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5 steps for turning your digital learning content into money

5 steps for turning your digital learning content into money

Category: eLearning

With a wealth of information freely available online, how can you turn your content into financial returns for your organisation?

After working on the challenges of harnessing internal content, training materials and documentation to generate tangible financial returns, I’ve noted what I think are the top five practical steps to make it happen: 

1. Make sure you own it

It may seem obvious, but particularly with content that has been accumulated over a long period of time, the method of acquisition or creation may have varied. So, check you are allowed to use it.

I have clients who have been disappointed to find that content that they paid a third party to create on their behalf and that they thought they owned, has in fact been provided to them on a restricted use licence.

This is one to watch for any new content you source externally. If you do accept restrictions on use or deferred usage payments, then make sure you negotiate a lower up-front cost.

2. Identify your target audiences

When identifying your target audience, consider; why they might want your content, what will they use it for and therefore what will they pay?

The more you know about your audience, the better you can structure your access controls, content taxonomies and user interfaces. 

3. Get your content into a usable format

Use a mix of content and media e.g. eLearning and microlearning courses, videos, eBooks, PDFs, text, podcasts etc.

It’s important to remember that effort has to go into categorising and tagging your content, so it can be searched for and found.

You may want to arrange into curricula or streams and issue and manage certificates for progress through the content. Doing all this may identify gaps, if so, don’t be afraid to source these from third parties, perhaps under some form of royalty arrangement. This can be a quick, low up-front cost pathway to completing your offering, or maybe commission a supplier to create the content for you.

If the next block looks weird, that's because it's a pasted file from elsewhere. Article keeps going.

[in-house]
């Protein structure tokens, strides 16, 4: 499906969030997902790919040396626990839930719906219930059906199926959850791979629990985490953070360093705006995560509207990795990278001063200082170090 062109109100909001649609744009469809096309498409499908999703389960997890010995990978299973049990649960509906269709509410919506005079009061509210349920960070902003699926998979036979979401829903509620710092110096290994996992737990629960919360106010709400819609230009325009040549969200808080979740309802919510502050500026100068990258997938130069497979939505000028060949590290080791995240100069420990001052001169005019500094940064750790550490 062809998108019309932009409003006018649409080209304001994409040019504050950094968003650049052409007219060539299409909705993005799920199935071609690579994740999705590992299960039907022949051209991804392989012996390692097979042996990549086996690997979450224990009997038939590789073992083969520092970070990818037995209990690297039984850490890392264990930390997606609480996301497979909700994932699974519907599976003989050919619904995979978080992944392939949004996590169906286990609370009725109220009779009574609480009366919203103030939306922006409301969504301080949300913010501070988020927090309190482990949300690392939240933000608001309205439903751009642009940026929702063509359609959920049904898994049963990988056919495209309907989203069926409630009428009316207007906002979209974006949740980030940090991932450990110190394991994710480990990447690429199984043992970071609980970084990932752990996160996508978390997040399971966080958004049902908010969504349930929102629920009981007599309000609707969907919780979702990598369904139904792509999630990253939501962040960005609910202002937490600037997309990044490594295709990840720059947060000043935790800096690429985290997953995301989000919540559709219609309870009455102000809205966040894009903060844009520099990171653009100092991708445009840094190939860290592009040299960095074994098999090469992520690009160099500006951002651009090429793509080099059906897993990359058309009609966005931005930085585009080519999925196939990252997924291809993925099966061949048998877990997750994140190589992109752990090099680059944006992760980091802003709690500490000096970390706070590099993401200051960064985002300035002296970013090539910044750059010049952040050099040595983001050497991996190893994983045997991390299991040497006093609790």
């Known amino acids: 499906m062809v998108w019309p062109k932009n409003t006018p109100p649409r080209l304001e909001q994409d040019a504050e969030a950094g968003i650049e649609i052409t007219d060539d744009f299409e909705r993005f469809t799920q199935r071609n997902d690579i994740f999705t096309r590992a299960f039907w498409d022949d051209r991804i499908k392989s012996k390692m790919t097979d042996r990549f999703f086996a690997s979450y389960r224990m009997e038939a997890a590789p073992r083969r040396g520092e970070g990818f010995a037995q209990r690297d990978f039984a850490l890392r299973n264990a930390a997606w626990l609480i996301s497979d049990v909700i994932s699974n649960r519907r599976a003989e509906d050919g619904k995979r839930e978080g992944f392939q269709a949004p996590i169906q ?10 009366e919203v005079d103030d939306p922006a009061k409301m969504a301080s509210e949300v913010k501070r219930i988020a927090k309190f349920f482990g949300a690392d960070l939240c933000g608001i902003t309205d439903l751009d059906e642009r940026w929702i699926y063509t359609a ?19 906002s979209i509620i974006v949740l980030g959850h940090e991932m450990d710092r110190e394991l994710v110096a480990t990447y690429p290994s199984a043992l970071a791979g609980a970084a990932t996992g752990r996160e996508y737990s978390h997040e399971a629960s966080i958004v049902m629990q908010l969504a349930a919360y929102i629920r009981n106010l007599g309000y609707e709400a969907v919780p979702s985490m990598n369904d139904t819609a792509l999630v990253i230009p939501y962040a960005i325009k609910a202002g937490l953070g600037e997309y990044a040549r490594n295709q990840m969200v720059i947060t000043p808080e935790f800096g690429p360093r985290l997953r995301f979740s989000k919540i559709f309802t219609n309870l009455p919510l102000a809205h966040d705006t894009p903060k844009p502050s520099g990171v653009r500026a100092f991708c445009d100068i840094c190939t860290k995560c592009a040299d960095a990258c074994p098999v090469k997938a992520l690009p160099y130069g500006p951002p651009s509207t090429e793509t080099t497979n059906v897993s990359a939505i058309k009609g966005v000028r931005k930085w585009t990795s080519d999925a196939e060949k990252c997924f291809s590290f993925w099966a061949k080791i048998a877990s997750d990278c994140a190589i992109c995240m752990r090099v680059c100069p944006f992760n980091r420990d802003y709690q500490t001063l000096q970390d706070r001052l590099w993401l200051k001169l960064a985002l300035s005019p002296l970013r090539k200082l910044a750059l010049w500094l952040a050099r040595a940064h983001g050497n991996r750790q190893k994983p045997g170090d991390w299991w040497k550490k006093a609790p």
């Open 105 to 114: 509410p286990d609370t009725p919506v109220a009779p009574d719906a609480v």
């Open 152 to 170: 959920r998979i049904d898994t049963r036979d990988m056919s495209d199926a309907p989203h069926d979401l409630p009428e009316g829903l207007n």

4. Establish your business model

Think about charging points. There are many ways to levy charges related to your content. These will range from annual subscriptions, to per unit charging with a whole range of options in the middle. Some will be harder for your would-be customers to bear, so think generously.

Key considerations are; What will make it easy for them to buy, and then to keep coming back for more? How can you give them a great service that’s cost effective, easy and convenient to use?

If possible, avoid cannibalising other revenue streams e.g. existing instructor led training courses that have been built over the years.

5. Choose your delivery platform

The technology, such as a modern learning management system (LMS), to support your strategy is readily available today, whichever system you decide to go for make sure it has the following key features:

  1. Scalability - think big and make sure you have the ability to support a large numbers of users
  2. Rich functionality - that covers modern requirements, e.g. integration with your eCommerce and existing websites, curriculum and certification management, comprehensive reporting, ease of implementation and ease of use etc
  3. Experience API - to enable the tracking of multiple different types of digital learning content, not just formal eLearning
  4. Mobile support - people want to access learning content on their mobile devices, so make sure your content can be accessed when it’s needed
  5. Proven - avoid technology risks and go with a proven supplier who can do all the above 

Summary

For many organisations, their content is an undervalued internal resource, hidden away in archives. With a little thought and effort, you can make your content work for you to achieve tangible results that can make a significant contribution to your organisation.

Tim Buff
Author: Tim Buff

This article was published by Tim Buff on 27.03.2018. Tim is CEO and Chief Learning Strategist at Agylia. Tim's role is to help people and companies design and implement digital learning strategies - this often involves pushing boundaries to develop innovative and creative solutions.

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